Two municipal judges want Warren County to consider eliminating a part-time county judgeship and make their positions full time, a change they claim would save taxpayers thousands of dollars annually.
Judge Rupert Ruppert of Franklin and Judge Mark Bogen of Lebanon appeared before Warren County Commission Tuesday seeking support for the plan. The plan would eliminate the County Court part-time position judge held by Judge Don Oda, who will likely vacate it if he wins the Court of Common Pleas judge election in November.
“The Ohio Supreme Court is pushing for an elimination of part-time judges because they often cannot do what a full time judge can,” said Ruppert, citing the inability of his part-time court to have specialized dockets for drug offenses or mental illnesses.
Ruppert’s court covers cases in Franklin Twp., the city of Franklin and the village of Carlisle. Bogen’s court covers cases in the city of Lebanon and Turtlecreek Twp. Oda’s court — the one Ruppert and Bogen would be absorbing under the proposed plan — covers Washington Twp., Wayne Twp., Massie Twp., and Clearcreek Twp., as well as appeals made from the mayor’s courts in Springboro and Waynesville.
“There would be an added cost to the city of Franklin and Lebanon, but it would be made up in the additional fines and court costs assessed to guilty parties,” Ruppert said.
Ruppert and Bogen said they both handle 8,000-9,000 cases annually, whereas both part time county judges handle 8,000 combined. Each estimate they would pick up about 2,000 cases from Oda’s eliminated position if they were to become full time.
If the plan goes through, both Bogen and Ruppert would see sizable raises, with their salaries jumping from $67,144 to $114,100, annually. Judges salaries are set by the state. Municipal judges’ salaries are paid by a combination of state, county and city governments. The shift would also see an increase of $3,900 in each cities’ bailiff’s salary.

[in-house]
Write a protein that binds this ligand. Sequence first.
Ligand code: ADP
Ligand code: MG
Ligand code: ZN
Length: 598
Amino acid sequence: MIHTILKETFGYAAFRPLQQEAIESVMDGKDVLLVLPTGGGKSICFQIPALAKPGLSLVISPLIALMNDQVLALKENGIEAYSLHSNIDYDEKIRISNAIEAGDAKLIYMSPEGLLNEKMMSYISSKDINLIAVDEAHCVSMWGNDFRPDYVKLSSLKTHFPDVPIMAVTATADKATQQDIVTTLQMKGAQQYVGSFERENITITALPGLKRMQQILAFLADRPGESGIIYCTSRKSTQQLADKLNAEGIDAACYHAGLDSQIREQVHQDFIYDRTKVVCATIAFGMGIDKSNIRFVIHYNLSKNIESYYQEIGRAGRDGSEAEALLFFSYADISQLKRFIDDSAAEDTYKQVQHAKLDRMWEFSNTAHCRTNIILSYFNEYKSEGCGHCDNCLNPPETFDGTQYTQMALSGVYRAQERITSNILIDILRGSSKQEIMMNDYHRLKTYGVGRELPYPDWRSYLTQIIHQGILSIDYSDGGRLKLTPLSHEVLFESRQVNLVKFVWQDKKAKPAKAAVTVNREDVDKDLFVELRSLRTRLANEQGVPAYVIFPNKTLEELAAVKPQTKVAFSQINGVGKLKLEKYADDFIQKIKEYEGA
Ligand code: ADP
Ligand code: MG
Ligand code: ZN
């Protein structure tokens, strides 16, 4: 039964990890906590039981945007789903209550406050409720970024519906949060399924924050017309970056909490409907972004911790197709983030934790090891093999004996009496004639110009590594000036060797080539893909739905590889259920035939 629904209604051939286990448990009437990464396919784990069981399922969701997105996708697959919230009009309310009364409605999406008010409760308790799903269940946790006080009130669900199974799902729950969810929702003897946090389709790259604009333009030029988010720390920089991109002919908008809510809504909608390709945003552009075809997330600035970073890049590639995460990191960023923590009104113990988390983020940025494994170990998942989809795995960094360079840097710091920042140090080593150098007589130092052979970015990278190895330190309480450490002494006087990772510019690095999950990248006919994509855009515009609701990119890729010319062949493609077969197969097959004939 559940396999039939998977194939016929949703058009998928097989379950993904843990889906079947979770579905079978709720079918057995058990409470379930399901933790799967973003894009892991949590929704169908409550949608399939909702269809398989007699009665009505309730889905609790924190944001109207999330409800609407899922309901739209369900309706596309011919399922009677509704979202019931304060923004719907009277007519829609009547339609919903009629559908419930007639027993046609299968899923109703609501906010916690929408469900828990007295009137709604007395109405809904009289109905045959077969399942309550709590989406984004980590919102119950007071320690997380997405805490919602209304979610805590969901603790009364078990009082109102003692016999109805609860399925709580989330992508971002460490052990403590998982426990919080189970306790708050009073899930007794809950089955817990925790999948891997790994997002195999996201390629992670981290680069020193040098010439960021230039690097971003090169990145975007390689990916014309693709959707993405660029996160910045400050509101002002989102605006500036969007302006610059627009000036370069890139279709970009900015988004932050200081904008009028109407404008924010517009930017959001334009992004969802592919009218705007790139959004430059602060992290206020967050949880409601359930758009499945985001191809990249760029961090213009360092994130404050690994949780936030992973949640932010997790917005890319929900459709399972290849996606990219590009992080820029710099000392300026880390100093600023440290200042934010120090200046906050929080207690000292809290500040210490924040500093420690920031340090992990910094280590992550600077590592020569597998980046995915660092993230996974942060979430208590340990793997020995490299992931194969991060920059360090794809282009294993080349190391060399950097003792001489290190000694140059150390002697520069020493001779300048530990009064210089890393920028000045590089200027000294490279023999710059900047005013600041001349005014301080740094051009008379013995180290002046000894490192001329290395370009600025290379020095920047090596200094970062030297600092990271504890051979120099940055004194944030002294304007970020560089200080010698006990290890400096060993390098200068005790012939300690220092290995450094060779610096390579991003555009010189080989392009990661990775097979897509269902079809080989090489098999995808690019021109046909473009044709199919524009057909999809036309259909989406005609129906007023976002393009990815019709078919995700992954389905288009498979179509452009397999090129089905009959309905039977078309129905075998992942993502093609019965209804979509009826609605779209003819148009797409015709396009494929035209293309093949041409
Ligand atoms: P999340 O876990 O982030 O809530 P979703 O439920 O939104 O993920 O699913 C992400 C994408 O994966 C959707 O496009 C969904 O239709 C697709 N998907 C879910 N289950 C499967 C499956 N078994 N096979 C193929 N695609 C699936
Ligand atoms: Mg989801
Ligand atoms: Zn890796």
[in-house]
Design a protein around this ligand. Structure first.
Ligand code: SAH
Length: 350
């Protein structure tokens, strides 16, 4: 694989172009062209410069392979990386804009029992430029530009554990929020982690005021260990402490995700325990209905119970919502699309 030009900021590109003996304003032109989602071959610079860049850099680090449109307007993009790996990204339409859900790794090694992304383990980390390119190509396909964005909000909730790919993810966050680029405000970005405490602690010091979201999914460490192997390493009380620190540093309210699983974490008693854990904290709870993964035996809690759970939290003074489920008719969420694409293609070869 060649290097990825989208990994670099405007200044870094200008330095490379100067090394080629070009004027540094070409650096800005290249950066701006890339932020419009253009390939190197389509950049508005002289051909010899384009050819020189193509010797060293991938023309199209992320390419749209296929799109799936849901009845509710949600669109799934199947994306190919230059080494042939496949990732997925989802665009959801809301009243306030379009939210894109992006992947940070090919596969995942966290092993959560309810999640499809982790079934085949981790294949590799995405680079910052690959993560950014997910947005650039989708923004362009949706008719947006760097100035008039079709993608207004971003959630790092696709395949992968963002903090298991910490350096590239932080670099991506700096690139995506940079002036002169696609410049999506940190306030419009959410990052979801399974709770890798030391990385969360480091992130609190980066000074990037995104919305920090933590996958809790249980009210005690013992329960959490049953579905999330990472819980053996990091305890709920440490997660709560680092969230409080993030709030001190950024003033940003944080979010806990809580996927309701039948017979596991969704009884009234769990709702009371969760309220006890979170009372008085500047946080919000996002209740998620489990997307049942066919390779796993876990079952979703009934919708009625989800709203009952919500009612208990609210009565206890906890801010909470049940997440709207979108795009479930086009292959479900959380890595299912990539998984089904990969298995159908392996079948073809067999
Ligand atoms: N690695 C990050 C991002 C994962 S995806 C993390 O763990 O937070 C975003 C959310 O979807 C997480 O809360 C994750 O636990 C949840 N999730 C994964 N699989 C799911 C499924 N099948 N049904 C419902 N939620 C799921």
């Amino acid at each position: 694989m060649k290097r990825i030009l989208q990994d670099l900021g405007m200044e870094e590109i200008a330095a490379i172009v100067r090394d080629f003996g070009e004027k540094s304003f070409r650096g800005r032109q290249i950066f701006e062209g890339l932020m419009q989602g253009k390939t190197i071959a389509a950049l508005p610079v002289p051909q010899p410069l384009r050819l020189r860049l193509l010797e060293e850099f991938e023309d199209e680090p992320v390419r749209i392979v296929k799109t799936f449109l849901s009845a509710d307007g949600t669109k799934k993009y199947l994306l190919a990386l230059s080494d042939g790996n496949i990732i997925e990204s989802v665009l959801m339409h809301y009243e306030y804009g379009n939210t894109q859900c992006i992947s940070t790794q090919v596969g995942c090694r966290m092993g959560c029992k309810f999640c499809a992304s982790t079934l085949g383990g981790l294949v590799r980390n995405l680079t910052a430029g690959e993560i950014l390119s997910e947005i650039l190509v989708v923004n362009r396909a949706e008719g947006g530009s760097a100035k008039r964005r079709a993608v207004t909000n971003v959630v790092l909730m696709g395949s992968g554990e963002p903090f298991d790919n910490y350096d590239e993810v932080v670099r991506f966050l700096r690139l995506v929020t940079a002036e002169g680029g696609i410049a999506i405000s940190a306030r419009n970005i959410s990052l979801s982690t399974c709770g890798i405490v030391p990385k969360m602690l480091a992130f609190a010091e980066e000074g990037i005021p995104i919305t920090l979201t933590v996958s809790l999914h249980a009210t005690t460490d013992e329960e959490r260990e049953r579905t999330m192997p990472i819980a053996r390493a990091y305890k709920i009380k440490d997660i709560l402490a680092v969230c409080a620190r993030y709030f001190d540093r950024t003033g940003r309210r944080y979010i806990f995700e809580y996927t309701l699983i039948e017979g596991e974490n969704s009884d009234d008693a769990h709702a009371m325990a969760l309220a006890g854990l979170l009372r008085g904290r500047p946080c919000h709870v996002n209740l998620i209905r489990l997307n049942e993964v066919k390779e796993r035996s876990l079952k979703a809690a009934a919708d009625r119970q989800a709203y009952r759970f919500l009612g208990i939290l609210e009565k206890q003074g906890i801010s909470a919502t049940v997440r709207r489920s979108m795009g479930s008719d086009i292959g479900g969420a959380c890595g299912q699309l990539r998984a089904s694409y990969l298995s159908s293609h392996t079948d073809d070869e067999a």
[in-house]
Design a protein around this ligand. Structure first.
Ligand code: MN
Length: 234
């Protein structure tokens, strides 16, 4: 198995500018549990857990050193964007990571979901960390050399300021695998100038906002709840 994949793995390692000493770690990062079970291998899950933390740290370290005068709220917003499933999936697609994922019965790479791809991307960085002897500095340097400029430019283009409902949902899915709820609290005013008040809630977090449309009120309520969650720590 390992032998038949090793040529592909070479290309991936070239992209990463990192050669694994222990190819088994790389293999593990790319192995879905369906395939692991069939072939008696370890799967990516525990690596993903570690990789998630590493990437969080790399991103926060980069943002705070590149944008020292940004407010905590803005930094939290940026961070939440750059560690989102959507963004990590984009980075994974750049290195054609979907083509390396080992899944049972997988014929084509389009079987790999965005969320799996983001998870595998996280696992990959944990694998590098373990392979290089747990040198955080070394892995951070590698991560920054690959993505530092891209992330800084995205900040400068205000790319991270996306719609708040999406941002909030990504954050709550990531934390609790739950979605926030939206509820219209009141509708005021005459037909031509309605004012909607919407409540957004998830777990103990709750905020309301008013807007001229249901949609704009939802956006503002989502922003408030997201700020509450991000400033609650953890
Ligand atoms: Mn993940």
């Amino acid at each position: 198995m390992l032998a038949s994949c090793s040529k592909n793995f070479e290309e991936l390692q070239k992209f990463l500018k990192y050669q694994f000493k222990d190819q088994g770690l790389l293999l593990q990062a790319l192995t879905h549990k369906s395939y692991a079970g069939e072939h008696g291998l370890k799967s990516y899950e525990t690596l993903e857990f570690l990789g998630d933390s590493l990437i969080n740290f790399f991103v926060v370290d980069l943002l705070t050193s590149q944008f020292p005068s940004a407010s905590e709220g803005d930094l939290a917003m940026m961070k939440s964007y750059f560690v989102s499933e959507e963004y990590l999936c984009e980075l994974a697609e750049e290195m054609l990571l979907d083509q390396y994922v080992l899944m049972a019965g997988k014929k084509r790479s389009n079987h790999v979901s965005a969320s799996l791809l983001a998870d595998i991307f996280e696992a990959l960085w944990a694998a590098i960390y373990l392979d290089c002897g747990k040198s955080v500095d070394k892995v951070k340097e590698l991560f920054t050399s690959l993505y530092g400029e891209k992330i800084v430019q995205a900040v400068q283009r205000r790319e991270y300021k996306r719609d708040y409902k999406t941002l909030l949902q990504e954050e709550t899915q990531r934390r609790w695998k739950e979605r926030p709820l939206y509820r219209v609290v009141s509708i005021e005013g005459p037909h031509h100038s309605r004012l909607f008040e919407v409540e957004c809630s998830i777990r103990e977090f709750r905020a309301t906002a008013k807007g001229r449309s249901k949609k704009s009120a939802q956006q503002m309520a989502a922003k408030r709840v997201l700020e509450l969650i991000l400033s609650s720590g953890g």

The switchover could mean the elimination of some deputy clerk jobs at the county level, although the particulars of that had not been investigated, Ruppert said.
County Commissioner Dave Young said he was neutral on the idea but interested in pursuing it further.
“If it is going to save the taxpayers money, we have to at least entertain the idea, but I want to hear from the other affected communities first,” Young said. “There would obviously be some upset parties, especially if jobs were lost, but it can’t be our duty to protect jobs that are unnecessary.”
Commissioner Pat South said a reverse plan, merging the municipal courts into a county wide court, had been rejected for several reasons, including the lack of public transportation available to take people to one centralized court and the logistics behind a move being cost prohibitive.
Both Ruppert and Bogen have private practices besides their duty as judges. They would be forced to stop those practices if they became full-time judges.
The actual act of Bogen and Ruppert becoming full time judges and the expansion of their jurisdictions would have to be made through state legislation.
Municipal judges handle all misdemeanor activities in a given jurisdiction as well as the preliminary hearings for felonies before the cases are bound to the county-wide Court of Common Pleas.
“We’re the people’s court,” Ruppert said. “We’re the judge the majority of people see if they have to come before a court.”
Representatives from Lebanon and Franklin did not want to comment until the proposals became more concrete.
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